Derek Slap, Representative, State of Connecticut: If employers were to price the position instead of the person, inequities from the past would erode. As public awareness increases, folks are realizing the wage gab impacts everyone. The cost of inaction makes our state less competitive. Experts predict that if the current trend continues, women in CT will have to wait 50 years to be paid fairly. This is unacceptable.

Michael Winkler, Representative, State of Connecticut: Pay equity is not difficult to rank by comparing the criteria, knowledge, skills, mental demands, accountability and working conditions of similar jobs. Jobs with similar scores should receive the same pay. Even with the same job titles, predominately female positions were paid lower rates than those of those who were primarily male. The rate of progress in this area over the years is unacceptable. Now is the time for pay equity.


Nora Duncan, State Director, AARP: This bill is very important for older job seekers in a competitive market where their previous salary can work against them and potentially favor younger workers with less established work and salary histories. It will reduce the risk of age discrimination and promote pay equality.

Candace Augustus, Janitor, Sikorsky and Cook in the Bridgeport School System: Having worked at Walmart, which has no union and an 'open door' policy, she personally knows what it is like to going into a job interview without knowing what the pay will be. Preventing bosses from asking about previous salaries would help stop the injustice of women making only 79 cents for every dollar earned by a man at the same job.

Paula Bacolini, Glastonbury Resident: Ms. Bacolini supports equal pay for equal work. Women have been underpaid for years in all employment areas and this need to be stop.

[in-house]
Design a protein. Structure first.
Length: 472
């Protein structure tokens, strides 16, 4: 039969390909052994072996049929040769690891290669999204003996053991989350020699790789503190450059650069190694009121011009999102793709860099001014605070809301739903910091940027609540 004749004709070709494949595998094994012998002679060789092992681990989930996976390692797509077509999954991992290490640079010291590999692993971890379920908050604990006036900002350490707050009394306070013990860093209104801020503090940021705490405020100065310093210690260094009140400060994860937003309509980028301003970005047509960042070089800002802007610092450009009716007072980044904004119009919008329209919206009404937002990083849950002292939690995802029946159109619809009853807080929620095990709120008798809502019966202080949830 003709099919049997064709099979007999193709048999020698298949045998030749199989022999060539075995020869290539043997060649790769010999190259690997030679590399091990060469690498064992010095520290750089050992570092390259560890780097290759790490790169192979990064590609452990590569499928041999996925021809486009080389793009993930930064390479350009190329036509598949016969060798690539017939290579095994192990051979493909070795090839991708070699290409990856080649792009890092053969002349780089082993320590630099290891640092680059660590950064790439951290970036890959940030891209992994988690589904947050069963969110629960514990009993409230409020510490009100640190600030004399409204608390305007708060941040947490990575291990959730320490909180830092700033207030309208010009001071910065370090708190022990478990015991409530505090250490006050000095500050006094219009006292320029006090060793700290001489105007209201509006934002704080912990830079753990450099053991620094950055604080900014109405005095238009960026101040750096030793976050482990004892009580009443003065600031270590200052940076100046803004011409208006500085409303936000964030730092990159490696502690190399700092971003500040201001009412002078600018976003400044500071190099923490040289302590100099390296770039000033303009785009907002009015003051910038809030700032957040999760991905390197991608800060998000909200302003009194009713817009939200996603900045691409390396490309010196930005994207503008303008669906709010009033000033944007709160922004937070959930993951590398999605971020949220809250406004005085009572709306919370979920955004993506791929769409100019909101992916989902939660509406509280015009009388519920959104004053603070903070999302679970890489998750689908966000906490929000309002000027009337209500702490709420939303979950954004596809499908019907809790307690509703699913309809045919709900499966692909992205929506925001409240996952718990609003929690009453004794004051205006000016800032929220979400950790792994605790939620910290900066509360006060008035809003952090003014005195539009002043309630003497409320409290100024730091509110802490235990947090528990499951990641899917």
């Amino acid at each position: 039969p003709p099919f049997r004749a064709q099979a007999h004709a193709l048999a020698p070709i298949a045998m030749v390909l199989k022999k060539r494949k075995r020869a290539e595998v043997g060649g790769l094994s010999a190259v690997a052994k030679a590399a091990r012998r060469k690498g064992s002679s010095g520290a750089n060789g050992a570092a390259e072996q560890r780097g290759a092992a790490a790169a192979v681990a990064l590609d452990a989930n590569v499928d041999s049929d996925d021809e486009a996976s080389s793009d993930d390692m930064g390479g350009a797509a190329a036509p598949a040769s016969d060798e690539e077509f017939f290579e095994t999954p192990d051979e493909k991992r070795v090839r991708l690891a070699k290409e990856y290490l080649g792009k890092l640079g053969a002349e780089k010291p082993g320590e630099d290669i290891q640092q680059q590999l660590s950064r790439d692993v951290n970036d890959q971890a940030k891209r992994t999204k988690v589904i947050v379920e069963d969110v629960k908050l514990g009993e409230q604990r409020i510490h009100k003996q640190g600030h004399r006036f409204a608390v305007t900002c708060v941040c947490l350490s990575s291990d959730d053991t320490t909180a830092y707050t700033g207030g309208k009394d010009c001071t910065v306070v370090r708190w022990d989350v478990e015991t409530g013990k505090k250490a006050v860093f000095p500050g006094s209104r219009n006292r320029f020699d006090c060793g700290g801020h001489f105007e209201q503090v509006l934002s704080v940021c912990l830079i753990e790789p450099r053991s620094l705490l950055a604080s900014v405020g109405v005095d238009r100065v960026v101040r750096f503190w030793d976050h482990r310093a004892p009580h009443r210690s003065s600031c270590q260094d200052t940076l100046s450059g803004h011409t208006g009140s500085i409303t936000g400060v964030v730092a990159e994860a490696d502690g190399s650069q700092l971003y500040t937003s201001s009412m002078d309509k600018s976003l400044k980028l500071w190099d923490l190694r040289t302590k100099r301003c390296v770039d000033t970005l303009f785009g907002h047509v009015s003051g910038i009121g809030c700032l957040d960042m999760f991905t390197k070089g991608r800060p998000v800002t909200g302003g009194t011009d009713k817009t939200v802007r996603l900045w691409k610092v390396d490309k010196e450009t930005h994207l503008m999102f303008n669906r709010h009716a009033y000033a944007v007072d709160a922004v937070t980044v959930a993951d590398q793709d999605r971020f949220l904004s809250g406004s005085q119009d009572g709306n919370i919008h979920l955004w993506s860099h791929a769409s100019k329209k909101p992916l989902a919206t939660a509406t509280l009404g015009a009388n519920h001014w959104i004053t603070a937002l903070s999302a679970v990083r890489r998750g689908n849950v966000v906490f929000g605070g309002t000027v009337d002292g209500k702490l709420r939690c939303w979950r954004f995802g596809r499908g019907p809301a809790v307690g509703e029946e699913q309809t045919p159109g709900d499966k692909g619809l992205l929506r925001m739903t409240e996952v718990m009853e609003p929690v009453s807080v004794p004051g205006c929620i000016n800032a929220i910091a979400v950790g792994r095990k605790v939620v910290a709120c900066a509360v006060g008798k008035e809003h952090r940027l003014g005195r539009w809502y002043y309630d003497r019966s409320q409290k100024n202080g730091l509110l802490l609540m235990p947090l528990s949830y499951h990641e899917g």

Luke A. Bronin, Mayor, Hartford, CT: Women in Connecticut earn significantly less than their co-workers and women of color earn dramatically less. This bill would put reasonable rules in place to prevent wage discrimination, such as allowing employees to voluntarily discuss their pay and would also prevent employers from inquiring about salary history.

Lara Da Costa and Bonnie Odiorne, Brazilian Worker Center, Inc., Member SEIU: Her testimony supported this bill as well as HB 5386, HB5388 and HB5043. All workers deserve the same protection.

Dallas C. Dodge, Vice President and Counsel , Insurance Association of Connecticut. Although they support pay equity, they are concerned that this bill could inadvertently stop companies from paying more - not less - to candidates for positions in sales positions. As drafted, companies would be prevented from using past sales-based compensation to assess the quality of job applicants. In many cases, this could make it more difficult for prospective employees to take advantage of successful prior sales histories. This can be corrected through a simple technical amendment changing the definition of 'salary' to include any objective measure of the applicant's productivity such as revenue, sales or other production reports.

Brenna Doyle, Deputy Director, NARAL, Pro-Choice, Connecticut: Equal pay is not only an important factor in ensuring economic stability for women, it is also crucial to achieving reproductive freedom. Reproductive healthcare, including abortion care, can be costly and the cost of raising a child is even higher. When women are financially disadvantaged by pay inequity, these costs are often unsustainable.

Maratha Duque, Janitor, New Britain Court House, Member of SEIU: As an analyst at a credit union in Colombia where she was born, she knows what it is like to go into a job interview without knowing what will be offered. In Connecticut, women still make only .79 for every dollar a man makes at the same job. This difference can continue since job offers are tailored to fit this discriminatory history. This bill helps stop this injustice by prohibiting inquiries that could have a women making less money.

Susan Eastwood, Board Member, Permanent Commission on the Status of Women in Connecticut: Women are the only majority that has consistently been treated as a minority and as second-class citizens. This injustice affects not only women, but every man and child who has a woman in their lives. This bill levels the playing field for women and strengthens their negotiating power. It creates standards to measure comparable work, such as skill, responsibility and working conditions and restricts employers from asking candidates about salary history.